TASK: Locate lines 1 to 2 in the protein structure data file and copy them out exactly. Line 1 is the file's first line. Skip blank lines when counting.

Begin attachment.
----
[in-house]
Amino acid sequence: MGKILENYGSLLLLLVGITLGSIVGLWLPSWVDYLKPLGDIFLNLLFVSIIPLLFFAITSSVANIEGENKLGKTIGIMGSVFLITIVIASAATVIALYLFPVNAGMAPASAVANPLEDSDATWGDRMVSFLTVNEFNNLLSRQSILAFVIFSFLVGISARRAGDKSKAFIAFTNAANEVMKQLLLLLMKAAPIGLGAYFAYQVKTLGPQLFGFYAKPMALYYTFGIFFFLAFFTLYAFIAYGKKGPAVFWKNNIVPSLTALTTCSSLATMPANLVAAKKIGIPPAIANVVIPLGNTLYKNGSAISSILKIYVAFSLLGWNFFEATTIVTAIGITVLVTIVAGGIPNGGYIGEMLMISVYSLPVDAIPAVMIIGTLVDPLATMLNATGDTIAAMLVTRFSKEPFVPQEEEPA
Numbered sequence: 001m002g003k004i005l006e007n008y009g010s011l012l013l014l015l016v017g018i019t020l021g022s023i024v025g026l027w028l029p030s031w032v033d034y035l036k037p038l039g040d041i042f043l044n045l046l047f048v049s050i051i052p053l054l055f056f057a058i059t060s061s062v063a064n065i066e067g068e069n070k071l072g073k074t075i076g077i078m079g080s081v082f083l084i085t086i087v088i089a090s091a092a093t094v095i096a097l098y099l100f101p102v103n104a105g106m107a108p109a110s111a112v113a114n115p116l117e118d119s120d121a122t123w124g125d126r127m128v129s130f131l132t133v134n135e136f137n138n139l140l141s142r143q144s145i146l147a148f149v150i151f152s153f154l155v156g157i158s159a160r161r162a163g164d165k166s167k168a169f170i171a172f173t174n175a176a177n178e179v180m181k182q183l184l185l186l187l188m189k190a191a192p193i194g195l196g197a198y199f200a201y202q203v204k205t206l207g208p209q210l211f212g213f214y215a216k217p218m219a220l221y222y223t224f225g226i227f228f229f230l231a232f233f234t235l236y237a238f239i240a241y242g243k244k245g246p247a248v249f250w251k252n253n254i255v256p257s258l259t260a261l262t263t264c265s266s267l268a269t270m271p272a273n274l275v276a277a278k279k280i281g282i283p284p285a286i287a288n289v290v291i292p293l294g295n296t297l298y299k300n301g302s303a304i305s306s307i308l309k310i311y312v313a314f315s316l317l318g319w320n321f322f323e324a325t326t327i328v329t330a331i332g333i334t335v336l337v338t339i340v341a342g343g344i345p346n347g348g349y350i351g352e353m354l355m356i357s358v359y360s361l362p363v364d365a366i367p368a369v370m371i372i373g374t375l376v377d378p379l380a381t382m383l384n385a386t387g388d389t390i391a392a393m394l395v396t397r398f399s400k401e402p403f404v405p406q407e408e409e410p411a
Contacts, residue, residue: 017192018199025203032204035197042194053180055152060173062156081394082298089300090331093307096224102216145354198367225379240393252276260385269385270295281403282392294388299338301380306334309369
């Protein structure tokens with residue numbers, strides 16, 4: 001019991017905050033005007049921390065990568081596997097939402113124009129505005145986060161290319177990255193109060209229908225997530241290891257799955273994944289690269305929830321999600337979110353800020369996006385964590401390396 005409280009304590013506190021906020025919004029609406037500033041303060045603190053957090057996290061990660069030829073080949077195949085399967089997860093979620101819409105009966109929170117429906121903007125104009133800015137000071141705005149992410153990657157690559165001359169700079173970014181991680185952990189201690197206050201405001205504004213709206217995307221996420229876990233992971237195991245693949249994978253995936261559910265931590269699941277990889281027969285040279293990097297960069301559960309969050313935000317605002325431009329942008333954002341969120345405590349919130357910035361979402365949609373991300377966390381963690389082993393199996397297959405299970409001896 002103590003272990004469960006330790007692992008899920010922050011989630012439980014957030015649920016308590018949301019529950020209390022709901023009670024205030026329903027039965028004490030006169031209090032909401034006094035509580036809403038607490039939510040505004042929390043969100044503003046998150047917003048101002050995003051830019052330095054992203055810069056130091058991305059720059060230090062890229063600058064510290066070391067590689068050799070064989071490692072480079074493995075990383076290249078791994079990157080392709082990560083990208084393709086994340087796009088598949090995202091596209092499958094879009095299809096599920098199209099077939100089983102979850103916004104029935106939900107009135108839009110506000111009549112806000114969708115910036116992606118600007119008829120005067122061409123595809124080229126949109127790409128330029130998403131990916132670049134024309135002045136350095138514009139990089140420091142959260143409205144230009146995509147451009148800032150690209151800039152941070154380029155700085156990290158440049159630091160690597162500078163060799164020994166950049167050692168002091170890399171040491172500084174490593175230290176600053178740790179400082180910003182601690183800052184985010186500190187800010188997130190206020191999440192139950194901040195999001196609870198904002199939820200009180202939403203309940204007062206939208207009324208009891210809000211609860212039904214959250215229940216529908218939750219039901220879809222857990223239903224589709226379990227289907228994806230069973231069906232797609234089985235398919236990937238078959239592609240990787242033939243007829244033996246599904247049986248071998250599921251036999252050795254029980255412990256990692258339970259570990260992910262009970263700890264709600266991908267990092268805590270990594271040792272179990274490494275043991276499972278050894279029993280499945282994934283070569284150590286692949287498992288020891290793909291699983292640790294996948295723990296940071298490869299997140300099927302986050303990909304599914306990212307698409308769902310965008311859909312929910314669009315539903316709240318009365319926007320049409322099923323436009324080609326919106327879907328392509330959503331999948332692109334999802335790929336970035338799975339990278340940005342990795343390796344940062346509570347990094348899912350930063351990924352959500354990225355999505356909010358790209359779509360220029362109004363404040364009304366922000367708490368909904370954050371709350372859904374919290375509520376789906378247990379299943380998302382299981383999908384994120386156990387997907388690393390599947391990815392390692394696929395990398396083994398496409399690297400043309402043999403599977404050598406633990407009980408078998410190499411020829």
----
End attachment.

[in-house]
Amino acid sequence: MGKILENYGSLLLLLVGITLGSIVGLWLPSWVDYLKPLGDIFLNLLFVSIIPLLFFAITSSVANIEGENKLGKTIGIMGSVFLITIVIASAATVIALYLFPVNAGMAPASAVANPLEDSDATWGDRMVSFLTVNEFNNLLSRQSILAFVIFSFLVGISARRAGDKSKAFIAFTNAANEVMKQLLLLLMKAAPIGLGAYFAYQVKTLGPQLFGFYAKPMALYYTFGIFFFLAFFTLYAFIAYGKKGPAVFWKNNIVPSLTALTTCSSLATMPANLVAAKKIGIPPAIANVVIPLGNTLYKNGSAISSILKIYVAFSLLGWNFFEATTIVTAIGITVLVTIVAGGIPNGGYIGEMLMISVYSLPVDAIPAVMIIGTLVDPLATMLNATGDTIAAMLVTRFSKEPFVPQEEEPA